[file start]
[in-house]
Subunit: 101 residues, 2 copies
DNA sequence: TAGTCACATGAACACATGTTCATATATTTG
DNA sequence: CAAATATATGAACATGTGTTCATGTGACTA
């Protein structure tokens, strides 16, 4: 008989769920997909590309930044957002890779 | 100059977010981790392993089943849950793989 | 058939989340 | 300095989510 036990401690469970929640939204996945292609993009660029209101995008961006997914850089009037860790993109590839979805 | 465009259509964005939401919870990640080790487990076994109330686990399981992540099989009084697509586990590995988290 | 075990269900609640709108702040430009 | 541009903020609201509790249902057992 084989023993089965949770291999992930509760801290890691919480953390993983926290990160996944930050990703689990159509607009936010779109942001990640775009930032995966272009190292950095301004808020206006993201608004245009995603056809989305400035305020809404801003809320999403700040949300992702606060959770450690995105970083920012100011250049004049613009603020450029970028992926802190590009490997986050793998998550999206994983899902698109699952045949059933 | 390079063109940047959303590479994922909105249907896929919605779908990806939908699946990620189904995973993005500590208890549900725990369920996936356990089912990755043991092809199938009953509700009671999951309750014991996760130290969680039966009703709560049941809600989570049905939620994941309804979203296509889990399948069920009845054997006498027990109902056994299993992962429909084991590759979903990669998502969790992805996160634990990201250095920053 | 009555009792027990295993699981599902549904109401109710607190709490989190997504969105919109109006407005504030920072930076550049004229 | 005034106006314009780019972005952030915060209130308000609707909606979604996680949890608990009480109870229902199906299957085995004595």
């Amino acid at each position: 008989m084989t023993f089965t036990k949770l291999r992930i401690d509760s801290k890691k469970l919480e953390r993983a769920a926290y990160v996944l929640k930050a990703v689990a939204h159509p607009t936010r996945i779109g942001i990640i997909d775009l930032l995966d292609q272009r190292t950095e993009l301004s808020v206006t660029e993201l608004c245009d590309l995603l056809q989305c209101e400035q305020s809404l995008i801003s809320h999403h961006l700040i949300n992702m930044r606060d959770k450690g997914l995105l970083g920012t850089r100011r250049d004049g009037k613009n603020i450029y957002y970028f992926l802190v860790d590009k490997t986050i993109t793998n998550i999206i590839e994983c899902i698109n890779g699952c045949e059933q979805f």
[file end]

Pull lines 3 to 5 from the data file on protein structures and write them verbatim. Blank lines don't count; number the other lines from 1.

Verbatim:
DNA sequence: TAGTCACATGAACACATGTTCATATATTTG
DNA sequence: CAAATATATGAACATGTGTTCATGTGACTA
């Protein structure tokens, strides 16, 4: 008989769920997909590309930044957002890779 | 100059977010981790392993089943849950793989 | 058939989340 | 300095989510 036990401690469970929640939204996945292609993009660029209101995008961006997914850089009037860790993109590839979805 | 465009259509964005939401919870990640080790487990076994109330686990399981992540099989009084697509586990590995988290 | 075990269900609640709108702040430009 | 541009903020609201509790249902057992 084989023993089965949770291999992930509760801290890691919480953390993983926290990160996944930050990703689990159509607009936010779109942001990640775009930032995966272009190292950095301004808020206006993201608004245009995603056809989305400035305020809404801003809320999403700040949300992702606060959770450690995105970083920012100011250049004049613009603020450029970028992926802190590009490997986050793998998550999206994983899902698109699952045949059933 | 390079063109940047959303590479994922909105249907896929919605779908990806939908699946990620189904995973993005500590208890549900725990369920996936356990089912990755043991092809199938009953509700009671999951309750014991996760130290969680039966009703709560049941809600989570049905939620994941309804979203296509889990399948069920009845054997006498027990109902056994299993992962429909084991590759979903990669998502969790992805996160634990990201250095920053 | 009555009792027990295993699981599902549904109401109710607190709490989190997504969105919109109006407005504030920072930076550049004229 | 005034106006314009780019972005952030915060209130308000609707909606979604996680949890608990009480109870229902199906299957085995004595």